big ten wrestling

The Nittany Lions walked into the final session of the Big Ten Championships comfortably in the lead Sunday evening. Shortly after the start of the finals, Penn State clinched the title and soared to a 30-point spread ahead of second place, Ohio State.

Nine wrestlers placed in the top six of their weight classes, all nine securing bids to the National Championships on March 21-23. The team crowned four individual champions and set themselves apart from the Big Ten competition with bonus point wins.

To no one’s surprise, senior No. 1 Jason Nolf was the first individual champion at 157. Nolf went to work right away against No. 2 Tyler Berger of Nebraska and notched a takedown in just four seconds from the start. He then took his usual approach of cutting Berger and relentlessly going after takedowns. Berger could not compete with Nolf’s flawless technique and steady endurance. The bout ended 12-4 in Nolf’s favor and he became a two-time Big Ten champ.

Next up in the finals was junior No. 1 Vincenzo Joseph. Like years past, Joseph faltered in his Big Ten finals matchup. No. 2 Alex Marinelli outwrestled Joseph and made him pay for his mistakes. Marinelli went after Joseph and the Lion’s strong defense carried him through the first, but Marinelli didn’t let up. Joseph got called for stalling after three minutes. Marinelli caught Joseph going for his signature inside trip and countered him into a throw for six points – takedown, plus four back points. Joseph escaped but another scramble ended with a Marinelli takedown and Joseph was handed his first loss of the season.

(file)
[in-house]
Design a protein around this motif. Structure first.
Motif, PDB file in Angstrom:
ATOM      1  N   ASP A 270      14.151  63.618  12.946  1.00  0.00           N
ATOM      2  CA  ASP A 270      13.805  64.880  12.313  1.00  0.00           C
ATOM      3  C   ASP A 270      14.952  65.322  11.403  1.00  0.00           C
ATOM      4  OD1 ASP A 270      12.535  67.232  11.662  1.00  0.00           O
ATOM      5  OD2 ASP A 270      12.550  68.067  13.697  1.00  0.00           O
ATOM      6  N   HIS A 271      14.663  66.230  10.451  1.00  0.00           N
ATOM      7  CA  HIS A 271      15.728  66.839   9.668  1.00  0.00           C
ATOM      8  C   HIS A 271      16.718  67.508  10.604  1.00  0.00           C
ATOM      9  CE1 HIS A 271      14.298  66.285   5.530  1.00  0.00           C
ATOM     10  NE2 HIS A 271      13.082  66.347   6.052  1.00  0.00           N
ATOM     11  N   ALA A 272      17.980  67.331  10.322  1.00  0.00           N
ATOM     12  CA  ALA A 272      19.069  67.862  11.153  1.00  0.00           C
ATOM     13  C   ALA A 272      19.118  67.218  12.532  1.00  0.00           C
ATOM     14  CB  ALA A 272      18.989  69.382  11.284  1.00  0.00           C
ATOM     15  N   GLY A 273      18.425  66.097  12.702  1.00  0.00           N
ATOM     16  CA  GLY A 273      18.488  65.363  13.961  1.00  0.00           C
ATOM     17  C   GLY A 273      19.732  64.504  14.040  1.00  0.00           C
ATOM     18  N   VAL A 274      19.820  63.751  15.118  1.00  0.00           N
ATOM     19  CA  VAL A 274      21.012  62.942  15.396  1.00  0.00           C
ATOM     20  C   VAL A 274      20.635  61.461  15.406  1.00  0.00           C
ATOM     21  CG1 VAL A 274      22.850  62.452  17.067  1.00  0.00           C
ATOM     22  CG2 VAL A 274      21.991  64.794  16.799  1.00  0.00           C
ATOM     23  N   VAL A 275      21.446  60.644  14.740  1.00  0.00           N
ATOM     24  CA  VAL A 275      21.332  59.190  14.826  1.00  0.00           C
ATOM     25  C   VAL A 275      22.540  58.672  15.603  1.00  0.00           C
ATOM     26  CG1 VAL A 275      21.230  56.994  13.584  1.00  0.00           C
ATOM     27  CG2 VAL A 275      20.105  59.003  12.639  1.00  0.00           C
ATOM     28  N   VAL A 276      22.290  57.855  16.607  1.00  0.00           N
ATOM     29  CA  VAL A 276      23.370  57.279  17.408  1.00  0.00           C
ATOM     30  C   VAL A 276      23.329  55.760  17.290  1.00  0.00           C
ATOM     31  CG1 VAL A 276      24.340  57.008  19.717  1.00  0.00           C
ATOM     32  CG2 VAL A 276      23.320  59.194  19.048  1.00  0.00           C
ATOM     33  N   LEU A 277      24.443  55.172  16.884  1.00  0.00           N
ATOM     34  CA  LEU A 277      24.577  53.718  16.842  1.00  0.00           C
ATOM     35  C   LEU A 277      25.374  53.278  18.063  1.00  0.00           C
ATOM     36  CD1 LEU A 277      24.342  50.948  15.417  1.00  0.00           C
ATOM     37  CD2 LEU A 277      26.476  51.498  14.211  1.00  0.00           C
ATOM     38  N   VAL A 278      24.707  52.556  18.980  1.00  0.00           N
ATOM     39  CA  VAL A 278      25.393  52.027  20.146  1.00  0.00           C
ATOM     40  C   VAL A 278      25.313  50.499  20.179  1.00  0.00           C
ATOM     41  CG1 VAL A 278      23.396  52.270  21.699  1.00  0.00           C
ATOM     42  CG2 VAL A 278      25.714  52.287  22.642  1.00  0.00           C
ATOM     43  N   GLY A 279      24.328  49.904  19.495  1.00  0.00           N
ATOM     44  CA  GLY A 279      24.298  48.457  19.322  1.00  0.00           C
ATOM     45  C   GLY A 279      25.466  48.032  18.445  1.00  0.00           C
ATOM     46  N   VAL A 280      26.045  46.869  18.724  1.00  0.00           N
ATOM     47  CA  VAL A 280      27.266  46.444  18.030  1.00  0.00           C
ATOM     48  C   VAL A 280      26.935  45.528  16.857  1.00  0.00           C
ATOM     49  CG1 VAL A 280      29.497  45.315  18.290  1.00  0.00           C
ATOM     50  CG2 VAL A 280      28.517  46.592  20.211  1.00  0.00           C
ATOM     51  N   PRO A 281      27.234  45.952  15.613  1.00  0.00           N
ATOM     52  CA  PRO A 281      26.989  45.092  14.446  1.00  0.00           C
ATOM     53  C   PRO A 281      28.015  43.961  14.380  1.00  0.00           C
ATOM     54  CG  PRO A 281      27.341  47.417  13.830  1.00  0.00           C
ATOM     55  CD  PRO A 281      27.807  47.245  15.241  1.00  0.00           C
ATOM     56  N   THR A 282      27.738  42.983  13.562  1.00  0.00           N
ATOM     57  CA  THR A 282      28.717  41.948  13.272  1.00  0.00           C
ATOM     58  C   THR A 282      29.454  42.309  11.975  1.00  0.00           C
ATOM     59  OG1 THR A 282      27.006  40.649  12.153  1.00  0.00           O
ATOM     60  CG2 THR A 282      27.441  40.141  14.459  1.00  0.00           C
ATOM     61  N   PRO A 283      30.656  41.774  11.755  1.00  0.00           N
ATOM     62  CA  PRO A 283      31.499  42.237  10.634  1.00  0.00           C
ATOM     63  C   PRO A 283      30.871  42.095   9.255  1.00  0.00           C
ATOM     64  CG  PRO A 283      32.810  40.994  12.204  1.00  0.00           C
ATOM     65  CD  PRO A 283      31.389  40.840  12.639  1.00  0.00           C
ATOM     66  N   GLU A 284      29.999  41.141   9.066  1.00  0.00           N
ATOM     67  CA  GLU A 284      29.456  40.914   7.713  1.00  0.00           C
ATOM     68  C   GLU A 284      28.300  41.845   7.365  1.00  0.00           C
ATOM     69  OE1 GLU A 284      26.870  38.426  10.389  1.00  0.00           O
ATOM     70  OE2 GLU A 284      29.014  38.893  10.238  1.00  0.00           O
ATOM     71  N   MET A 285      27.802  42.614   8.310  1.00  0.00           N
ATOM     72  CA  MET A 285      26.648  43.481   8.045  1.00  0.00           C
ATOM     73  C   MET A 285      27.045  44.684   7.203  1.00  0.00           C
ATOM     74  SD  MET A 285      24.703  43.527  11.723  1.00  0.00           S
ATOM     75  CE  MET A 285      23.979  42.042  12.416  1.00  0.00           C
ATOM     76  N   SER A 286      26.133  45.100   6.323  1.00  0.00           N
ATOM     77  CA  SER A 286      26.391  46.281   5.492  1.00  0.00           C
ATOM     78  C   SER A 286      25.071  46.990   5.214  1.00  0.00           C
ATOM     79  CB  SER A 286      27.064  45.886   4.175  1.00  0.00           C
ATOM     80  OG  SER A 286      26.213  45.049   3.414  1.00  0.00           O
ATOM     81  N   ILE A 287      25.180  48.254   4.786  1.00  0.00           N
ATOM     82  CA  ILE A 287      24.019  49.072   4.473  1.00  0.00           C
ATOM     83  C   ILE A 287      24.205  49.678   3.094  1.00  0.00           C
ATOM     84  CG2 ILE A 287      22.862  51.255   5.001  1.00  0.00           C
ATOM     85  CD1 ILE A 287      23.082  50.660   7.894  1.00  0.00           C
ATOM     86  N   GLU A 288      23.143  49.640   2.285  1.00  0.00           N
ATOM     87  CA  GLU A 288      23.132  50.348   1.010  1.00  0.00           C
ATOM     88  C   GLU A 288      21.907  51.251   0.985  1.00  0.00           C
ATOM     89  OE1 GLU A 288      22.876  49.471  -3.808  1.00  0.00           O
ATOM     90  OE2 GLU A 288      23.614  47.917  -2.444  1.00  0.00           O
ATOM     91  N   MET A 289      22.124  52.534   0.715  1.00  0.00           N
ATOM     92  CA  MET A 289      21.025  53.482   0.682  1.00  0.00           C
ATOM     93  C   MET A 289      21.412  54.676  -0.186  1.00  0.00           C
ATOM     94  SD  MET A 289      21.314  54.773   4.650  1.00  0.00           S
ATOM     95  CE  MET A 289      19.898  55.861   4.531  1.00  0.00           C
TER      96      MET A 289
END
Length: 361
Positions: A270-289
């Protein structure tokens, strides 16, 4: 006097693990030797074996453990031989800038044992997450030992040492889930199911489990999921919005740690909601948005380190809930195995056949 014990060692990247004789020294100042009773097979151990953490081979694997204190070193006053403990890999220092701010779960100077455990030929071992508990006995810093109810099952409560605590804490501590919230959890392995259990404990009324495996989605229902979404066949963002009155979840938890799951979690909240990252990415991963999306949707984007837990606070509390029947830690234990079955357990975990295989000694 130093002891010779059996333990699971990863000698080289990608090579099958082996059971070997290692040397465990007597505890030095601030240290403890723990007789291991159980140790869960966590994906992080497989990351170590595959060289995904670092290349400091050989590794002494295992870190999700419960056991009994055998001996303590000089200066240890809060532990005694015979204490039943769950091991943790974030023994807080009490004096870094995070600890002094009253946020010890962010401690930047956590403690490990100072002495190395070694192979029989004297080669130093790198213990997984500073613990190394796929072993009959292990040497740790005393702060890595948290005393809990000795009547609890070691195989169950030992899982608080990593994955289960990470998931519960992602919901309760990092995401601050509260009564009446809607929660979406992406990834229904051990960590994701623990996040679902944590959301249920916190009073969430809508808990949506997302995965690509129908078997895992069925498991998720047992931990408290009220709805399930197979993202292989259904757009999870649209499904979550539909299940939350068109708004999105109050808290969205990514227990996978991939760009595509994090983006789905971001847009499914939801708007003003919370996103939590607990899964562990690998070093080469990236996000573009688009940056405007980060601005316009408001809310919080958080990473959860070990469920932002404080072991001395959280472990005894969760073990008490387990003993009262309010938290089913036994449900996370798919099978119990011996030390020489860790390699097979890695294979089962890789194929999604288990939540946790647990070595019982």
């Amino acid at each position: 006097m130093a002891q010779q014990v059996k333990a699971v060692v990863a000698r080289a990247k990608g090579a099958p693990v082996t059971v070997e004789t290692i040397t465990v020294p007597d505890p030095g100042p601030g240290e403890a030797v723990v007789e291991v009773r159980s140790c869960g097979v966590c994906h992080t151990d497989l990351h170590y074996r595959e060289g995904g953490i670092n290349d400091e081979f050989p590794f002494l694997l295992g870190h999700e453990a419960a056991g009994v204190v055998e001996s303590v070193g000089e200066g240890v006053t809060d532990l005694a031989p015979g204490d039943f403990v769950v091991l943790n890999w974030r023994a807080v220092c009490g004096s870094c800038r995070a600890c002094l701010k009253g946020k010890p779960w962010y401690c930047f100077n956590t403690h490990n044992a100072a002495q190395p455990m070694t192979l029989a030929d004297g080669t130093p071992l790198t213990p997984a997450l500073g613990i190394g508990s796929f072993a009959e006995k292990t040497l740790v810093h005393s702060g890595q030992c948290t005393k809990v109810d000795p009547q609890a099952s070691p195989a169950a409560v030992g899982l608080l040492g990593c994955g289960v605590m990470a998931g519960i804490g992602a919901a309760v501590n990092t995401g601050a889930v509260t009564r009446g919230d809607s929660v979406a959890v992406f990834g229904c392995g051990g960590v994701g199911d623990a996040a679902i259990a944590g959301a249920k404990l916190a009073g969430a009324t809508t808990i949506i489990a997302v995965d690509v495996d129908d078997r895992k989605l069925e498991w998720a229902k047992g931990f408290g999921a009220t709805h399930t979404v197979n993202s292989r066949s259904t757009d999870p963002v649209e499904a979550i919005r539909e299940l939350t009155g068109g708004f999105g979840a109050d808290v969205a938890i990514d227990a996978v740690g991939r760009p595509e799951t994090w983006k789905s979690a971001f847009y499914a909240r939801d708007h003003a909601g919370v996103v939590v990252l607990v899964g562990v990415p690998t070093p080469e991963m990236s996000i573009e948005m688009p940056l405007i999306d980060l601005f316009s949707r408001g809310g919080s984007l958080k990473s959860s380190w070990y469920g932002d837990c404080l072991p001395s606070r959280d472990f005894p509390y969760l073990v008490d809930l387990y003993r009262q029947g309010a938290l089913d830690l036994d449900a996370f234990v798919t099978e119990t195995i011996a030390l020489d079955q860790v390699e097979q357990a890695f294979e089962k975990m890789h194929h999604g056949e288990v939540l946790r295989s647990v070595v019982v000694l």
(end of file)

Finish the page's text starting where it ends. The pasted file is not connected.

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Penn State competitor three out of six in the finals was junior No. 1 Mark Hall. He faced No. 2 Myles Amine of Michigan. Hall got the first takedown in the first and Amine was able to escape. Amine chose down to start the second and escaped again. With the bout tied 2-2, Hall chose down to start the third and quickly escaped, holding off Amine’s attempts and secured his 3-2 victory. Although a rather boring match, Hall entertained the crowd with a short song on his recorder during his post-match interview. It started as a joke with FloWrestling that Hall turned into a $400 donation from the company to Penn State’s THON. It was a great way to spread THON’s message and made for a memorable interview.

Senior No. 2 Shakur Rasheed took a medical forfeit in the 184 finals and handed Ohio State’s No. 1 Myles Martin the title.

At 197 came the anticipated rematch of senior No. 1 Bo Nickal and Ohio State’s No. 2 Kollin Moore. Earlier in the season, Nickal pinned Moore at Ohio State. Moore seemed cautious, trying to avoid mistakes and Nickal capitalized with a takedown in the first. Nickal escaped to start the second and Moore connected on a shot, but Nickal countered it into a scramble and took at 5-0 lead. Moore looked defeated and Nickal rode the positive momentum out to the end. His 10-3 victory made him a three-time Big Ten Champion.

Senior No. 3 Anthony Cassar met with Minnesota’s No. 1 Gable Steveson in front of an amped Minnesota crowd. The two battled evenly for the first period and Steveson escaped early in the second to take the 1-0 lead. Again, neither wrestler could connect for a takedown in the second and it ended 1-0. Cassar escaped to start the third and tie things up, then he got hit with a stalling call at 1:25. Steveson then locked in on the first takedown of the match making it 3-2 after Cassar quickly escaped. Cassar went in on a double leg shot. Steveson was able to pull one leg out but Cassar held steady on the one leg and took Steveson to the mat for a takedown and the lead with 19 seconds left. Cassar held on to the 4-3 lead and took home the Big Ten crown. This was the first time Steveson gave up a takedown this season.